Along with its nearby neighbor Grays Peak, Torreys Peak holds the distinction of being the only 14,000-foot peak on the Continental Divide. Highly visible from Interstate 70, Torreys is a memorable symbol of the ruggedness of Colorado's Rocky Mountains for millions of passing climbers and non-climbers alike. Although Mounts Evans and Bierstadt are closer 14ers to Denver as the crow flies, the close proximity of Torreys and Grays to the interstate and a well-trodden path to their summits ensures plenty of climbing activity around the year. While the crowds might create a fun, sociable environment for gregarious hikers, the parking lot fills up rapidly on summer weekends, and it often is standing room-only on the summits of both peaks.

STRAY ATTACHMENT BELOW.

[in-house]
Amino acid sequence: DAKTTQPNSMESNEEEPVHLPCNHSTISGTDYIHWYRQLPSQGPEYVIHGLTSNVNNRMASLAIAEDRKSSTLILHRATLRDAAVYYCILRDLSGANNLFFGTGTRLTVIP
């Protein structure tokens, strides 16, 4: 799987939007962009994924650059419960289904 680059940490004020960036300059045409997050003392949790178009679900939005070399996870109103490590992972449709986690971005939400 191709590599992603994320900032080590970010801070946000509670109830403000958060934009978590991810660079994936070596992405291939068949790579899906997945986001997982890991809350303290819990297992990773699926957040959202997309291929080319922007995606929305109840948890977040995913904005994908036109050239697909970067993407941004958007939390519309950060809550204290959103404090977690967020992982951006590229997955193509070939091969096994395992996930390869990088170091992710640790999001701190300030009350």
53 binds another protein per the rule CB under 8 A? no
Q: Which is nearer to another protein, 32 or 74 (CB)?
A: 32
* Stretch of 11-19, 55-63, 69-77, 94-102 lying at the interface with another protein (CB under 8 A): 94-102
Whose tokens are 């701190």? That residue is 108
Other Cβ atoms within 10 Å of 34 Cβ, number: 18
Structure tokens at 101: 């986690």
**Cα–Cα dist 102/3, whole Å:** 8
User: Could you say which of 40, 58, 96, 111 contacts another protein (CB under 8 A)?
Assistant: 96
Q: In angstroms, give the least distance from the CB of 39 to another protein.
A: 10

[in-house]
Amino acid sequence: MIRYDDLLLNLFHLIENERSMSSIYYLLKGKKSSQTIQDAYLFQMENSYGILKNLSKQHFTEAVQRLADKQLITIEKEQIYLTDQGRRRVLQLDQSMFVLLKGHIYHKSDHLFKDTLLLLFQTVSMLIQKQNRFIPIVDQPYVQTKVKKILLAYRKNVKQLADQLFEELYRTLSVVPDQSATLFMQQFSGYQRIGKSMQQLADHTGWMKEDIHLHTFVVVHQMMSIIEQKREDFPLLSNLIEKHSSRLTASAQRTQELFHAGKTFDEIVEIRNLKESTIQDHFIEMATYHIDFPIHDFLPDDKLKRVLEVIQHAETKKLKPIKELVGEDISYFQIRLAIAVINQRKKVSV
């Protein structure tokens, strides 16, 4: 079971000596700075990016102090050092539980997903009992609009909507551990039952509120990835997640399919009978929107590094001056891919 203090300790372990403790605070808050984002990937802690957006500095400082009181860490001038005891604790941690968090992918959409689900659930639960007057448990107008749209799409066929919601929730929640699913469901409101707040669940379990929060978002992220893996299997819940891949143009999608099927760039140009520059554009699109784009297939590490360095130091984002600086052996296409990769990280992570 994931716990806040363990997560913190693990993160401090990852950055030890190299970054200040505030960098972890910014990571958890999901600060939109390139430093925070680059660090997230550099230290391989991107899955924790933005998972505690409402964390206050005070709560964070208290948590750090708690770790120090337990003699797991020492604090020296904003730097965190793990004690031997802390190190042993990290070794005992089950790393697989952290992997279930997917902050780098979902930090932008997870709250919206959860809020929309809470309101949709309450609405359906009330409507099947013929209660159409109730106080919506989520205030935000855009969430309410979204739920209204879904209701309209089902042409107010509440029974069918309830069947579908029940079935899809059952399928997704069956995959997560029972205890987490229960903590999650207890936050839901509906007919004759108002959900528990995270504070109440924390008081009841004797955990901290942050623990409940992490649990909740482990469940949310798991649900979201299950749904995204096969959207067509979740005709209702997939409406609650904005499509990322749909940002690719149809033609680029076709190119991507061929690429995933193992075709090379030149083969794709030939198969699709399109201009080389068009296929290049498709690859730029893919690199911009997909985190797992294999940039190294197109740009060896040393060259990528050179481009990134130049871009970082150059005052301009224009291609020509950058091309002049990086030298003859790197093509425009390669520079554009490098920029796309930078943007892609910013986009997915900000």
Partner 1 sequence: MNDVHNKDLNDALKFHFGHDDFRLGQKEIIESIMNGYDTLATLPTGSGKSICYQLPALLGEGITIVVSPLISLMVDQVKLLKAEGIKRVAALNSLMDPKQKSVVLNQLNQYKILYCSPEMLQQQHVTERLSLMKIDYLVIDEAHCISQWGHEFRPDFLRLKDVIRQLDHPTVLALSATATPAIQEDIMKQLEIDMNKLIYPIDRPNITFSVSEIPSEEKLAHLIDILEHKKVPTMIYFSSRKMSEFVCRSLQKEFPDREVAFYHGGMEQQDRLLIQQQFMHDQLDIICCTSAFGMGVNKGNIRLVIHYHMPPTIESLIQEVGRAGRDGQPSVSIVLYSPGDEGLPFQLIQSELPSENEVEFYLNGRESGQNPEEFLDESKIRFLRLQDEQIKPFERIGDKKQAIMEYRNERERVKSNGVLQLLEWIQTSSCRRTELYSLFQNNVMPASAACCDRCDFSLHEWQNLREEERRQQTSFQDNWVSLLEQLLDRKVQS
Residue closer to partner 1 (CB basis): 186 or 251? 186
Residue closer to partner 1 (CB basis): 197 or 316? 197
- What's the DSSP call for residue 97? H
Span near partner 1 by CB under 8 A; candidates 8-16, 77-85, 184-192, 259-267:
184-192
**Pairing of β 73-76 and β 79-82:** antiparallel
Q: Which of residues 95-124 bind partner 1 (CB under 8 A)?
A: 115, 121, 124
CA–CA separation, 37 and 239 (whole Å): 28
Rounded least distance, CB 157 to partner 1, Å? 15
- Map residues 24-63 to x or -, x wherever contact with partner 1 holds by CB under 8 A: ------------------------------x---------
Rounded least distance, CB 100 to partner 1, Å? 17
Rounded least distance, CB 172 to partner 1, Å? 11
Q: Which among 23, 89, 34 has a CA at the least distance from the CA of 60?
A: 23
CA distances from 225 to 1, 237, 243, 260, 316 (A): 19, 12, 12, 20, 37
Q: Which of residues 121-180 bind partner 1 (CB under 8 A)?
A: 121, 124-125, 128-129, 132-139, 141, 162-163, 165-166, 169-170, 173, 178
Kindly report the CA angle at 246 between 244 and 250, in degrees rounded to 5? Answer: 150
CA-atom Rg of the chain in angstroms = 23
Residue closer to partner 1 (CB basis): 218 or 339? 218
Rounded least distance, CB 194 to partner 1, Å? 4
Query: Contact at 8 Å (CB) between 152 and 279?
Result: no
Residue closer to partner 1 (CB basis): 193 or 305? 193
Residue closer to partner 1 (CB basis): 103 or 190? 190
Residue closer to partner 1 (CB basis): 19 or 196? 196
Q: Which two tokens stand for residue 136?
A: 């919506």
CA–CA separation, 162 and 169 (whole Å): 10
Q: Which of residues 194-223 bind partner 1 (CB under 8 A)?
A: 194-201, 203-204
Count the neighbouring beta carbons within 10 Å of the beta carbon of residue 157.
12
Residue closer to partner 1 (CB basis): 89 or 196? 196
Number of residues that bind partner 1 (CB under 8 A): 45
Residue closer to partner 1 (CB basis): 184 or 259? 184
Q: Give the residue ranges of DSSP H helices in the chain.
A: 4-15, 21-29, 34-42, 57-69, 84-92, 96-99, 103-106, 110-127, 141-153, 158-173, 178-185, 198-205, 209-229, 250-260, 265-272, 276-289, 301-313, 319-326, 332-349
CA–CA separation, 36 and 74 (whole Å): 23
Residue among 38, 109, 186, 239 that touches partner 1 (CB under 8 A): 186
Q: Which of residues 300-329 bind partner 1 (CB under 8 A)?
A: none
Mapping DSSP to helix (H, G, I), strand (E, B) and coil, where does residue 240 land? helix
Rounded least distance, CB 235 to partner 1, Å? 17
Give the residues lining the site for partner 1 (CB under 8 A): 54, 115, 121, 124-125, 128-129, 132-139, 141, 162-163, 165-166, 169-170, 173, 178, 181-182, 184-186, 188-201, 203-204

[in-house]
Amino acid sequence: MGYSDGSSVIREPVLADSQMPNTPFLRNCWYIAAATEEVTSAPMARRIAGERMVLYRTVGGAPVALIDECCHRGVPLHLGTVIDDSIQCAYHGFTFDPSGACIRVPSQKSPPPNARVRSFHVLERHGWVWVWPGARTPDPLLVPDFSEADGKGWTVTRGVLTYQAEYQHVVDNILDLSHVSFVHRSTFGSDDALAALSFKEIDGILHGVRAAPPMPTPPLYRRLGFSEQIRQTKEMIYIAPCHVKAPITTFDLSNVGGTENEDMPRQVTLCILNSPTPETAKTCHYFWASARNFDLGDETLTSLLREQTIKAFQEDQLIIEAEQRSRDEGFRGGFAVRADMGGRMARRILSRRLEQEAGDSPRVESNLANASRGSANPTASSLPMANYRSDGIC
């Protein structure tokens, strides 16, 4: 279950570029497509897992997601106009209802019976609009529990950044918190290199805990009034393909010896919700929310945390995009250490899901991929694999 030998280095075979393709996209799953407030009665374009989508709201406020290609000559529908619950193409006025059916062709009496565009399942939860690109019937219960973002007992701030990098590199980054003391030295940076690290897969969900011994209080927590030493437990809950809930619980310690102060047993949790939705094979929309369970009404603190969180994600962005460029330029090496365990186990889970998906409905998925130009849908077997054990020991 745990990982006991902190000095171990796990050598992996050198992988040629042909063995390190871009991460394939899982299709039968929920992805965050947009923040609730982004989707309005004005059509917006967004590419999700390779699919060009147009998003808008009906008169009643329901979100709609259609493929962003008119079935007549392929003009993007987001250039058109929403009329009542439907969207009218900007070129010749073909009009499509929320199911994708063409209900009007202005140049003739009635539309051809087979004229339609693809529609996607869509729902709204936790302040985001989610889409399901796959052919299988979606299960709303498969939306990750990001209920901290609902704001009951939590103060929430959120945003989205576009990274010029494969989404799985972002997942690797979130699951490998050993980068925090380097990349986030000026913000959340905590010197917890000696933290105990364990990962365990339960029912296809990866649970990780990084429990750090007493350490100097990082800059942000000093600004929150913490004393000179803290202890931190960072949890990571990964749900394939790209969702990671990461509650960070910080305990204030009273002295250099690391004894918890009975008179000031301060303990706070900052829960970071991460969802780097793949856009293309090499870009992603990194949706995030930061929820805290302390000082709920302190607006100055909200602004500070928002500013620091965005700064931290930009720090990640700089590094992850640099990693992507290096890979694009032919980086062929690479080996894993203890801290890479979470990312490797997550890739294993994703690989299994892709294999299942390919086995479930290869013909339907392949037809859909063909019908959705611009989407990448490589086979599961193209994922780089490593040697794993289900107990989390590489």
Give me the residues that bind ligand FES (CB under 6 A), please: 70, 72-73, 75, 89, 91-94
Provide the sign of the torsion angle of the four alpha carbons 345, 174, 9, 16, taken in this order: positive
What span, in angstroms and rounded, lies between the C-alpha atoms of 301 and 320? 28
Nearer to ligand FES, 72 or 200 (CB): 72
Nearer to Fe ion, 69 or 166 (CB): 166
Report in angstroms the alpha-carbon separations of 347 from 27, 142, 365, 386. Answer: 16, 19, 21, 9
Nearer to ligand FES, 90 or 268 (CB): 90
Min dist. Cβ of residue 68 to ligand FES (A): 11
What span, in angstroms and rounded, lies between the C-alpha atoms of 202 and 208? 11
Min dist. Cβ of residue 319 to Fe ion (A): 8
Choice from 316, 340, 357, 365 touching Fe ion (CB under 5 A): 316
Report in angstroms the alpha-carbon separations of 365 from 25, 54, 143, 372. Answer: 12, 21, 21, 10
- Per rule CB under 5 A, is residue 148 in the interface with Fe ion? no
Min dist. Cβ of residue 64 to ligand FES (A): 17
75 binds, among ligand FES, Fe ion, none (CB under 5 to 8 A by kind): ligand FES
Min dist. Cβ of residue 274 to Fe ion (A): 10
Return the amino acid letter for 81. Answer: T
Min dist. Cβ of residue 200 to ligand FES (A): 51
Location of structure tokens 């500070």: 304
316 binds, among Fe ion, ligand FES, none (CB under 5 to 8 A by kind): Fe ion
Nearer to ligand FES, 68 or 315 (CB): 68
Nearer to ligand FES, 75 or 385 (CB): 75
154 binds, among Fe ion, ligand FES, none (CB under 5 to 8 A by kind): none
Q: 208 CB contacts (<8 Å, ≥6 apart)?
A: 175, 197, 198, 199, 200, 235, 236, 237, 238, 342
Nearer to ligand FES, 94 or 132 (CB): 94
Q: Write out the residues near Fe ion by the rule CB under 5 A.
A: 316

Torreys is a large, complicated mountain with a variety of routes for climbers of many skill levels and interests. The standard route, a walk-up from Stevens Gulch, follows the Grays Peak trail to the Grays/Torreys saddle (13,700 feet), and then ascends Torreys's south slope. Excellent hiking routes also exist from Loveland Pass to the northwest and Chihuahua Gulch to the southwest. While there are no recognized technical routes on Torreys, this peak is home to several classic scrambles, snow climbs, and ski descents. The class 3/4 Kelso Ridge route ascends Torreys's northeast ridge in style, with sustained scrambling on clean rock, and an unforgettable knife-edge. The most popular snow climb (and expert ski descent!) is Dead Dog Couloir, with 50° slopes and a convenient finish near the summit.